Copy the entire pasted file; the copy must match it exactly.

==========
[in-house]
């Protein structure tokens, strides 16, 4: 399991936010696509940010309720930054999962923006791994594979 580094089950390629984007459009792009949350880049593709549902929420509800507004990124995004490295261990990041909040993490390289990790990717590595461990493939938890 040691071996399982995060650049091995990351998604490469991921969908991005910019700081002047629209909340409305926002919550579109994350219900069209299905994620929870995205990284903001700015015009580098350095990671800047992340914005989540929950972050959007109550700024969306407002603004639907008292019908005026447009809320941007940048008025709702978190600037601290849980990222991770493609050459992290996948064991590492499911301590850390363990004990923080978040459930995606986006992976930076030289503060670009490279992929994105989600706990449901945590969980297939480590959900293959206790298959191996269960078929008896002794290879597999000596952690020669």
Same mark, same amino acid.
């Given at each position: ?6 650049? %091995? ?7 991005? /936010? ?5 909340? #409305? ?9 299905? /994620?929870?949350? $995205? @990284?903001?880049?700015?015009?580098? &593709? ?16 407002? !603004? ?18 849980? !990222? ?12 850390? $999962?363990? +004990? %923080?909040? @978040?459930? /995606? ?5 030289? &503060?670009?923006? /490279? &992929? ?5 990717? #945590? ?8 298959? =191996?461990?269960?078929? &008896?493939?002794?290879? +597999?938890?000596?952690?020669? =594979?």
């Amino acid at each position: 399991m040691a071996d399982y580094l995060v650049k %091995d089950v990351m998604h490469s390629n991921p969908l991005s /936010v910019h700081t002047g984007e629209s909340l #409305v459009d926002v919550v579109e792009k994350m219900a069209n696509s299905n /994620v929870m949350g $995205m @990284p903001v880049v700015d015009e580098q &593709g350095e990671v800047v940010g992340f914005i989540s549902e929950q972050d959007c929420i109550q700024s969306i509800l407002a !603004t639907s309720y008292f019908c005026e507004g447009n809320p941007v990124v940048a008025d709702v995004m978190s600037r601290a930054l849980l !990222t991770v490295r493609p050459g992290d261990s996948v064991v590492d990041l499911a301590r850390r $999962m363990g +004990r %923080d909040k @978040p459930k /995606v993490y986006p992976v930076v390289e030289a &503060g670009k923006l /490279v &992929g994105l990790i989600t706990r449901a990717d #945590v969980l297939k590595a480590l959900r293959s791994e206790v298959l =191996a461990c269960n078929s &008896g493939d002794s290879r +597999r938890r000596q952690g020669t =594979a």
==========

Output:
[in-house]
């Protein structure tokens, strides 16, 4: 399991936010696509940010309720930054999962923006791994594979 580094089950390629984007459009792009949350880049593709549902929420509800507004990124995004490295261990990041909040993490390289990790990717590595461990493939938890 040691071996399982995060650049091995990351998604490469991921969908991005910019700081002047629209909340409305926002919550579109994350219900069209299905994620929870995205990284903001700015015009580098350095990671800047992340914005989540929950972050959007109550700024969306407002603004639907008292019908005026447009809320941007940048008025709702978190600037601290849980990222991770493609050459992290996948064991590492499911301590850390363990004990923080978040459930995606986006992976930076030289503060670009490279992929994105989600706990449901945590969980297939480590959900293959206790298959191996269960078929008896002794290879597999000596952690020669």
Same mark, same amino acid.
């Given at each position: ?6 650049? %091995? ?7 991005? /936010? ?5 909340? #409305? ?9 299905? /994620?929870?949350? $995205? @990284?903001?880049?700015?015009?580098? &593709? ?16 407002? !603004? ?18 849980? !990222? ?12 850390? $999962?363990? +004990? %923080?909040? @978040?459930? /995606? ?5 030289? &503060?670009?923006? /490279? &992929? ?5 990717? #945590? ?8 298959? =191996?461990?269960?078929? &008896?493939?002794?290879? +597999?938890?000596?952690?020669? =594979?």
């Amino acid at each position: 399991m040691a071996d399982y580094l995060v650049k %091995d089950v990351m998604h490469s390629n991921p969908l991005s /936010v910019h700081t002047g984007e629209s909340l #409305v459009d926002v919550v579109e792009k994350m219900a069209n696509s299905n /994620v929870m949350g $995205m @990284p903001v880049v700015d015009e580098q &593709g350095e990671v800047v940010g992340f914005i989540s549902e929950q972050d959007c929420i109550q700024s969306i509800l407002a !603004t639907s309720y008292f019908c005026e507004g447009n809320p941007v990124v940048a008025d709702v995004m978190s600037r601290a930054l849980l !990222t991770v490295r493609p050459g992290d261990s996948v064991v590492d990041l499911a301590r850390r $999962m363990g +004990r %923080d909040k @978040p459930k /995606v993490y986006p992976v930076v390289e030289a &503060g670009k923006l /490279v &992929g994105l990790i989600t706990r449901a990717d #945590v969980l297939k590595a480590l959900r293959s791994e206790v298959l =191996a461990c269960n078929s &008896g493939d002794s290879r +597999r938890r000596q952690g020669t =594979a």